bbq meat

We all love barbecues. The second the sun shines we shoot to Tesco for charcoal, burgers and buns, race home and light one. Then we start necking Pimm’s and eye up the sky for clouds. Why we are the only country to act this way escapes me.

Other BBQ mysteries include why a man must take control of the fire. Without exception, all British men would rather lose their balls than their tongs. No one knows why, it’s just ingrained into British life, like stoically eating undercooked sausages in the rain.

But the UK has nothing on the US when it comes to BBQ. Man Fire Food (Food Network, May 16, 9pm) visited the Skylight Inn in North Carolina, where they barbecue whole pigs. They even make their own charcoal. Engaging presenter Roger Mooking slapped a dead pig’s ass and it was on. “Barbecue anything less than a whole animal and you’re cheatin’,” said the third generation pit master. “Cook ’em and flip ’em to crisp ’em up,” he added, before the master chopper took over, expertly blending the juicy light and dark meat with a pair of cleavers, adding the chopped crispy crackling, before judiciously adding salt, pepper, cider vinegar and hot sauce.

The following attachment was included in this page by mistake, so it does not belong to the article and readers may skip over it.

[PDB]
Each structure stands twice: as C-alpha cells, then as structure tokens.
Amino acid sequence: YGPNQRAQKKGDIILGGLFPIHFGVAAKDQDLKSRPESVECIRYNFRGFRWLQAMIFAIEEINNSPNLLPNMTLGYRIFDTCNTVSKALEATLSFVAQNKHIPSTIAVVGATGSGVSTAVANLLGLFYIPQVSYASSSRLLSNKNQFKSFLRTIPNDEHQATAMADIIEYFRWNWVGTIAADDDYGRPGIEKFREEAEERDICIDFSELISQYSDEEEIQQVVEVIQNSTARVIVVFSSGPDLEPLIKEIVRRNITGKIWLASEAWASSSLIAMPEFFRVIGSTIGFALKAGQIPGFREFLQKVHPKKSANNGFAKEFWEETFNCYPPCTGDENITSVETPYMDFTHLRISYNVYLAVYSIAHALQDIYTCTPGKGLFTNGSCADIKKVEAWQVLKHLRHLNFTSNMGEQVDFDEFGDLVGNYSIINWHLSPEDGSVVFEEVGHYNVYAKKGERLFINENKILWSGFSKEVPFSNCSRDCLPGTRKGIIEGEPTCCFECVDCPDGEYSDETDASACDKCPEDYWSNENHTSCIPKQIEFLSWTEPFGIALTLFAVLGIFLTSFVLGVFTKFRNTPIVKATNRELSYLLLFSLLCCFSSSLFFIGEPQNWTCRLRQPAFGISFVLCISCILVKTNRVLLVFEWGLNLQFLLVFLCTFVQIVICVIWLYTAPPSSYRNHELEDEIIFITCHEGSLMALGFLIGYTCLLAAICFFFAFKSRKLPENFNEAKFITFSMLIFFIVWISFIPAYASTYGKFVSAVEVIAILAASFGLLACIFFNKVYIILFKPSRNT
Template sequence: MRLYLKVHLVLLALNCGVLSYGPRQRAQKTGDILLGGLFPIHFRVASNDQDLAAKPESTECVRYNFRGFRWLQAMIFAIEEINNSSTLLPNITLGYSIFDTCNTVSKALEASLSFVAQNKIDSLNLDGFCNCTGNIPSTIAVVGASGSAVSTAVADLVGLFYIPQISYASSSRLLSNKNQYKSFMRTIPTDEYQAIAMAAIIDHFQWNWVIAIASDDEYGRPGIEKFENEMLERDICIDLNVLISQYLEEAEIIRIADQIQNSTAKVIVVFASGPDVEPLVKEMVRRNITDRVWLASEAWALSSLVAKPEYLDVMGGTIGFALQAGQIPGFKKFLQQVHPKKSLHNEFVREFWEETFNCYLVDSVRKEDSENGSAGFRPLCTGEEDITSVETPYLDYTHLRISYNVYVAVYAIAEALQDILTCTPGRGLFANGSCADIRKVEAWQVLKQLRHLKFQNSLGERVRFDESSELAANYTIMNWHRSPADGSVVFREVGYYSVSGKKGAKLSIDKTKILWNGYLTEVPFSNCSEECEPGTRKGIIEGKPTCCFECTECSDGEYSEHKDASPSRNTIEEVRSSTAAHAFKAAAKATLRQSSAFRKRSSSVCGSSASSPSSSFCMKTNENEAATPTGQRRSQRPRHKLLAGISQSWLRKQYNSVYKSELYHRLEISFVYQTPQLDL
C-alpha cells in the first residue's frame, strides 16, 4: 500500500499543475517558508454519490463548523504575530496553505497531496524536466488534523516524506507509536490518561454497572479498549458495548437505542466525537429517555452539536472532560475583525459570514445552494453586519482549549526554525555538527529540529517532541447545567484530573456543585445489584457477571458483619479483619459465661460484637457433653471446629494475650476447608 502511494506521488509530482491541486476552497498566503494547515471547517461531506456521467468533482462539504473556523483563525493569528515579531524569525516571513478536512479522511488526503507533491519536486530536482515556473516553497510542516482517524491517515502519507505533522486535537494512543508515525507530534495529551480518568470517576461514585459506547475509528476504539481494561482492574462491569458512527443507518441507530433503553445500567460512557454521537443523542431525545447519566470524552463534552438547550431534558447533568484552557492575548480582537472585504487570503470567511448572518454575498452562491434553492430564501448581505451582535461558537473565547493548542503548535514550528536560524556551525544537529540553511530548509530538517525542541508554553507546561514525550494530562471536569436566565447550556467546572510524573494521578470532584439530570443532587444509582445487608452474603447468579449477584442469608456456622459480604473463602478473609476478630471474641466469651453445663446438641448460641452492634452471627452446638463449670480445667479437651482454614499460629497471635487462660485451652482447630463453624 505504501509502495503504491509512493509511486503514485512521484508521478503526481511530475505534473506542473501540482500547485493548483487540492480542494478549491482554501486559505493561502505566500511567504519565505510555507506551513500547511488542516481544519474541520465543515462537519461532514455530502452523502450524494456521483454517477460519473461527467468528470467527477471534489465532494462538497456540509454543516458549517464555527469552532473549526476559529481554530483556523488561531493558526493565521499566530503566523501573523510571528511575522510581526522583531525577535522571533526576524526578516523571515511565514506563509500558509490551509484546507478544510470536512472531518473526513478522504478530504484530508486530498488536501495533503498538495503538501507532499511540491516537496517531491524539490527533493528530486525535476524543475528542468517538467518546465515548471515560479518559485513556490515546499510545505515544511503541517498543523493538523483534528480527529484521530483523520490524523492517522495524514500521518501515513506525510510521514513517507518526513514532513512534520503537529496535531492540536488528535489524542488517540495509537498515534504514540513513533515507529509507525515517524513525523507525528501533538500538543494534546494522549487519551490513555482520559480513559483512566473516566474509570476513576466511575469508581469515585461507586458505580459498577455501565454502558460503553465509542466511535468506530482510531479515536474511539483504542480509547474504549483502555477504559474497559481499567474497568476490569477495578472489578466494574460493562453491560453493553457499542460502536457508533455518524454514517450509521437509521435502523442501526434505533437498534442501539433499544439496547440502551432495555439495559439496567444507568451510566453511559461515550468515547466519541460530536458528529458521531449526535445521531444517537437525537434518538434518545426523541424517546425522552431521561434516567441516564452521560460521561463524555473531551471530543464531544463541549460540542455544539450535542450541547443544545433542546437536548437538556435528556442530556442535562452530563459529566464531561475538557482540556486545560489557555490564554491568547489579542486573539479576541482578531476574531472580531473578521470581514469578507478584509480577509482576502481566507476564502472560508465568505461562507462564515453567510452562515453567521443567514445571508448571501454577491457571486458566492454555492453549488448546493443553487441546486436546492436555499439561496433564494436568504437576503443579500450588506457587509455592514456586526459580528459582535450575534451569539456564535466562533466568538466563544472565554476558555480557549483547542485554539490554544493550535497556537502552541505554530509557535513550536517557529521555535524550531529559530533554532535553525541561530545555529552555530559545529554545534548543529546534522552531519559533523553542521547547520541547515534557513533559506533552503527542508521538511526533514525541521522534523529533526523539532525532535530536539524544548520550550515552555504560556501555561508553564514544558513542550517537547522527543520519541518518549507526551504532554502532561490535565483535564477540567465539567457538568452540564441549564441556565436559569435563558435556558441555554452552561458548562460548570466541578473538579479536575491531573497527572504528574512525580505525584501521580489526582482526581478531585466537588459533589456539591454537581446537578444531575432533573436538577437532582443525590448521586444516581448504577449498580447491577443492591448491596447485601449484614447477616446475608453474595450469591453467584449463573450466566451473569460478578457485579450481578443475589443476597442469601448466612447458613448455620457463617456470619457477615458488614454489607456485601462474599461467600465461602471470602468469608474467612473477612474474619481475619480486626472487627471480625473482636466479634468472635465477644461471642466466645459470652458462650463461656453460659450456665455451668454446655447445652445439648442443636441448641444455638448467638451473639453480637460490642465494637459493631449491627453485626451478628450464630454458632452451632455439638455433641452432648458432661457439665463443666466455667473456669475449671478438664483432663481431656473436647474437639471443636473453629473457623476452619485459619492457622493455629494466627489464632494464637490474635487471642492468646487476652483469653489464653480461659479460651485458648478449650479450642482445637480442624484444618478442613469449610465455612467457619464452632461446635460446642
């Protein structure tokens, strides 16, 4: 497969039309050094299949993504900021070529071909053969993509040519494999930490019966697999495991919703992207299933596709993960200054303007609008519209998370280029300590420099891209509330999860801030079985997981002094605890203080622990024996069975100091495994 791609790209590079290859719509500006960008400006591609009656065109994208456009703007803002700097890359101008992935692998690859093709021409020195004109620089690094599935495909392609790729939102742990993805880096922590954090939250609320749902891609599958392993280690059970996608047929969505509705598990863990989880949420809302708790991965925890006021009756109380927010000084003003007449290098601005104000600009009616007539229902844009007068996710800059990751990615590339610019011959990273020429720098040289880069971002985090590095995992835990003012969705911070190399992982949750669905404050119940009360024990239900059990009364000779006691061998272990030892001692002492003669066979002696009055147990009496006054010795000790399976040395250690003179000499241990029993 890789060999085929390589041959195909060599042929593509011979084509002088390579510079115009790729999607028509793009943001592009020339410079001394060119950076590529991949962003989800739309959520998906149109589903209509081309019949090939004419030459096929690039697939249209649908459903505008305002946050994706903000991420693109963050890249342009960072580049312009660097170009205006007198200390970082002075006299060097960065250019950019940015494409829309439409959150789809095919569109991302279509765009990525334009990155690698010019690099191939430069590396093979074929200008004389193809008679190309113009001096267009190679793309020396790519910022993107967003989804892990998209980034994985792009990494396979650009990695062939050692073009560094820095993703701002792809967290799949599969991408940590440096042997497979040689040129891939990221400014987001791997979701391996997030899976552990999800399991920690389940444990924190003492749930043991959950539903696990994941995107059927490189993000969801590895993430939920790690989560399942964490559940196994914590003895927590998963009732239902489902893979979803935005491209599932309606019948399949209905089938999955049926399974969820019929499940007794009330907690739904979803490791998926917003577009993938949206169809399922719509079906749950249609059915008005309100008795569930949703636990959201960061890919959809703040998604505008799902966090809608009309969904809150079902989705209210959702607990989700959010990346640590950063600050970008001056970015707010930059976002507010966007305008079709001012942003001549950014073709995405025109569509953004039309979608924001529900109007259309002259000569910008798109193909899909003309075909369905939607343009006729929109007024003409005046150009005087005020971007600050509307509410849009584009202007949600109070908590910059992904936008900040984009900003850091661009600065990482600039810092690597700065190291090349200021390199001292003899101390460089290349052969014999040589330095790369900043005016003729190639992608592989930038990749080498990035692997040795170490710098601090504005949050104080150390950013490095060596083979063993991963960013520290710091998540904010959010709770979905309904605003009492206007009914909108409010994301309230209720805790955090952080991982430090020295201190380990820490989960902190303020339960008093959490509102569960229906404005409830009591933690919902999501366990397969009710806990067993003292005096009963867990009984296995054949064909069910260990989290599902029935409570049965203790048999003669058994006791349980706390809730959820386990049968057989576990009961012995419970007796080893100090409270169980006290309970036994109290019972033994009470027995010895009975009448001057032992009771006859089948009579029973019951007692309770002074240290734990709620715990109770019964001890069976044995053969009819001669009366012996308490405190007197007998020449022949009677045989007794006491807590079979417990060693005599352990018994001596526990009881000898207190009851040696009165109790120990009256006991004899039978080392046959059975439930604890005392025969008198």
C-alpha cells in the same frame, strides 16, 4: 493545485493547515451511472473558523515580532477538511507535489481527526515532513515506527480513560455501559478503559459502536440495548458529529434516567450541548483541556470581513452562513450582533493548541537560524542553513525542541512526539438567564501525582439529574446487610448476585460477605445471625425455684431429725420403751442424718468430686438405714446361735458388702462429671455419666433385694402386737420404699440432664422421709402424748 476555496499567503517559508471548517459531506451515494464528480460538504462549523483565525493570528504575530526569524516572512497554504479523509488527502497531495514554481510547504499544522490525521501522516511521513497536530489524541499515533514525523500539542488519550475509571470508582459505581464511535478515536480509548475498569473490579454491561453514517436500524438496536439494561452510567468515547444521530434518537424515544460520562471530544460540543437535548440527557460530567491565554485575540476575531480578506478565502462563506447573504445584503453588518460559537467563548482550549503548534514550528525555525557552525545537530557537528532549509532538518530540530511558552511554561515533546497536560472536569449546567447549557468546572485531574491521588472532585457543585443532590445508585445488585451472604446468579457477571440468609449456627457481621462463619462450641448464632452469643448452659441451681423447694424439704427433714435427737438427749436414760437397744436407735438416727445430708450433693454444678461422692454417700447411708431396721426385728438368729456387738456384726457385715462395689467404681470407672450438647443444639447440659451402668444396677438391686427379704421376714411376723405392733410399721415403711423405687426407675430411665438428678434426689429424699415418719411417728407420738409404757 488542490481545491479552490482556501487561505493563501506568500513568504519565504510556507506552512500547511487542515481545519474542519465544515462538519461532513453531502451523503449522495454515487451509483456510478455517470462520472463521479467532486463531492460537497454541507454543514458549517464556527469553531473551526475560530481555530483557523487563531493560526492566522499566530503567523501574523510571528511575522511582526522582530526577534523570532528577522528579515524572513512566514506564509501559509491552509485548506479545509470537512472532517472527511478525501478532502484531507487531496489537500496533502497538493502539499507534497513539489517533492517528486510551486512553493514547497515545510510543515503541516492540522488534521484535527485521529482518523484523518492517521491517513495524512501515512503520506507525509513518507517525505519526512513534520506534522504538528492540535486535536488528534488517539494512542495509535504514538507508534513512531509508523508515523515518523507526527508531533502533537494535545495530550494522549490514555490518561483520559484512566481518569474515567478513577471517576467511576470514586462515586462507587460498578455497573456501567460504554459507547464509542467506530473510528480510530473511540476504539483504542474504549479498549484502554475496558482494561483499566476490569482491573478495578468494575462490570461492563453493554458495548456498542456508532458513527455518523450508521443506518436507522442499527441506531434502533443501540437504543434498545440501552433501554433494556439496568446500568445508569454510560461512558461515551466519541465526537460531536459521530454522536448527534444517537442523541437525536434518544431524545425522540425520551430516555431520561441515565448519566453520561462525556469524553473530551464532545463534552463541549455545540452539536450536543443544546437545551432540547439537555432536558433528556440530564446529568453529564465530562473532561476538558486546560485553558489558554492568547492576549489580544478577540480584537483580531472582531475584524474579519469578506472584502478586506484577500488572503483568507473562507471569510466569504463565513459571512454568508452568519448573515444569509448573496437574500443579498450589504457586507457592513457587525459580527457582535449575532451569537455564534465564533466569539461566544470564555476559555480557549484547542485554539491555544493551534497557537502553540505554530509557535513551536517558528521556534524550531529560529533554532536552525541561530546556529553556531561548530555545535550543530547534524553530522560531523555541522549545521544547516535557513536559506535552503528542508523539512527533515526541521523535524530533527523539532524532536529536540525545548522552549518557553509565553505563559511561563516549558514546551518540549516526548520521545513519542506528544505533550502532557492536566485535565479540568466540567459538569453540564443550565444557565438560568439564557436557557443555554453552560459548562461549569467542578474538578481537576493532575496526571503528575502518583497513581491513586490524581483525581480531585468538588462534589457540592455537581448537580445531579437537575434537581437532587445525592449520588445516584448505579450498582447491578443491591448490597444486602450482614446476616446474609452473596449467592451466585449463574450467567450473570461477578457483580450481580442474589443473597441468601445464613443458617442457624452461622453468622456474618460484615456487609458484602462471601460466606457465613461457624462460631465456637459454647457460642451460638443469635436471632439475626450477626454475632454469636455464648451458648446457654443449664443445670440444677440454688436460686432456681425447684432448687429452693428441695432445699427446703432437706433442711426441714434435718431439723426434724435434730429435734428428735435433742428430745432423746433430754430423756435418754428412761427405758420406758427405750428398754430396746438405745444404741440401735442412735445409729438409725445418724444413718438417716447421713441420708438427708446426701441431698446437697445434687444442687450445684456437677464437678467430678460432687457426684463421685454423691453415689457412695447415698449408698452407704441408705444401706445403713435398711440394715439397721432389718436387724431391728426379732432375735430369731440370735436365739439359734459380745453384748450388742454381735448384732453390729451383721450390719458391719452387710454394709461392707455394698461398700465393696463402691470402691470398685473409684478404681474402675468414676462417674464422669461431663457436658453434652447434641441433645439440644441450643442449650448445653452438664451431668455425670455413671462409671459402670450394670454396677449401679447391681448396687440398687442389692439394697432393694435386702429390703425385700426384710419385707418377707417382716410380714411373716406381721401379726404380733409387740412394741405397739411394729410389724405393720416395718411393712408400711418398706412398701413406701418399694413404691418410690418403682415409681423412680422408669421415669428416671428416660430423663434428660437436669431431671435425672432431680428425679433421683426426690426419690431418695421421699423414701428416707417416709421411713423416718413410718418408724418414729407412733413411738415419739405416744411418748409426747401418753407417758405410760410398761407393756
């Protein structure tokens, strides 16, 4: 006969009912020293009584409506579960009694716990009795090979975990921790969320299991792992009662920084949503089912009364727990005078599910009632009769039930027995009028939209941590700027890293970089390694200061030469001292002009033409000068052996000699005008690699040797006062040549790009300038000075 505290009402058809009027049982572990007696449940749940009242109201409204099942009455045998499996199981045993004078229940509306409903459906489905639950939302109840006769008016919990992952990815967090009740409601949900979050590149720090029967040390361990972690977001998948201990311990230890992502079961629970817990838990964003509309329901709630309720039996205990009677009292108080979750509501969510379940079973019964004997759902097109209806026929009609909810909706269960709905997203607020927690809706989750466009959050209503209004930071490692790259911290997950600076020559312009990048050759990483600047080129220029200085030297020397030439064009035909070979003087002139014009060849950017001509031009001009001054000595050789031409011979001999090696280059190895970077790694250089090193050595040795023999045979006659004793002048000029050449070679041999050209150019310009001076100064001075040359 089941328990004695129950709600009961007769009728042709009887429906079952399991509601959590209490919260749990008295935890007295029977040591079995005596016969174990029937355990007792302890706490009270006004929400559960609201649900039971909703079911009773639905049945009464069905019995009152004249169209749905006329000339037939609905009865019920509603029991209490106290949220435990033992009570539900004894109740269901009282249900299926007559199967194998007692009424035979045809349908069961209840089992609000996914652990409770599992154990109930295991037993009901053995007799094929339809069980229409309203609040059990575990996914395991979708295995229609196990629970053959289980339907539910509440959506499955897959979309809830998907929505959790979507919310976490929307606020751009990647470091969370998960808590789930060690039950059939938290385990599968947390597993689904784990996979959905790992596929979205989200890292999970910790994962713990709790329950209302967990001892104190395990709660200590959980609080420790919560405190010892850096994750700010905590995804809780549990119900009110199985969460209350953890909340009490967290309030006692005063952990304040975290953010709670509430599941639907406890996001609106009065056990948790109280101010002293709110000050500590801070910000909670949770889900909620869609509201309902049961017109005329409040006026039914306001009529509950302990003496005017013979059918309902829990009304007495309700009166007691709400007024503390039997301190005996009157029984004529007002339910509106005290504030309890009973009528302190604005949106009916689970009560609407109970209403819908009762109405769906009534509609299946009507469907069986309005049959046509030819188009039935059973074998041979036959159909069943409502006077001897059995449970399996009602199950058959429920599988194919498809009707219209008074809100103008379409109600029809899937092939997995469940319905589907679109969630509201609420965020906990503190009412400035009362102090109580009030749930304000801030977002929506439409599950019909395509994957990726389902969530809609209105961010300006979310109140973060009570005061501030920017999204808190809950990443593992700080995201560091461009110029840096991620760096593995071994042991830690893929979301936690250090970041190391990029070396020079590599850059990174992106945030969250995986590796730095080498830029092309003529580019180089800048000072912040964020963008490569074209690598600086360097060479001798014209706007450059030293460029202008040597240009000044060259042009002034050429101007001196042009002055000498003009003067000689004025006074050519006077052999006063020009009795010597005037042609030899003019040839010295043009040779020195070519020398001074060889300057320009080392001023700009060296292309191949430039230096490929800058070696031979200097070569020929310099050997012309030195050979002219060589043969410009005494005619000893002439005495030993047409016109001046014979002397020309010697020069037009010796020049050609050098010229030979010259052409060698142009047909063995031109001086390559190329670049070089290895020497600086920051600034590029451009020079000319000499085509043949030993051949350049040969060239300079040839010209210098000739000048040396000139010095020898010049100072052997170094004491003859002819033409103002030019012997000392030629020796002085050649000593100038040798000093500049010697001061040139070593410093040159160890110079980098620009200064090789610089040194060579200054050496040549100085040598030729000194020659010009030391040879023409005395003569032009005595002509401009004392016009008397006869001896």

Then it was on to a festival called Bovinova, which is like Glastonbury for beef fans. Only rather than burgers, they barbecued an entire cow, injected with gallons of marinade and slow cooked for 19 hours, monitoring the temperature with a laser. In previous years, they actually barbecued a llama. Brits might love BBQ, but we are rank amateurs. Mouth-watering TV.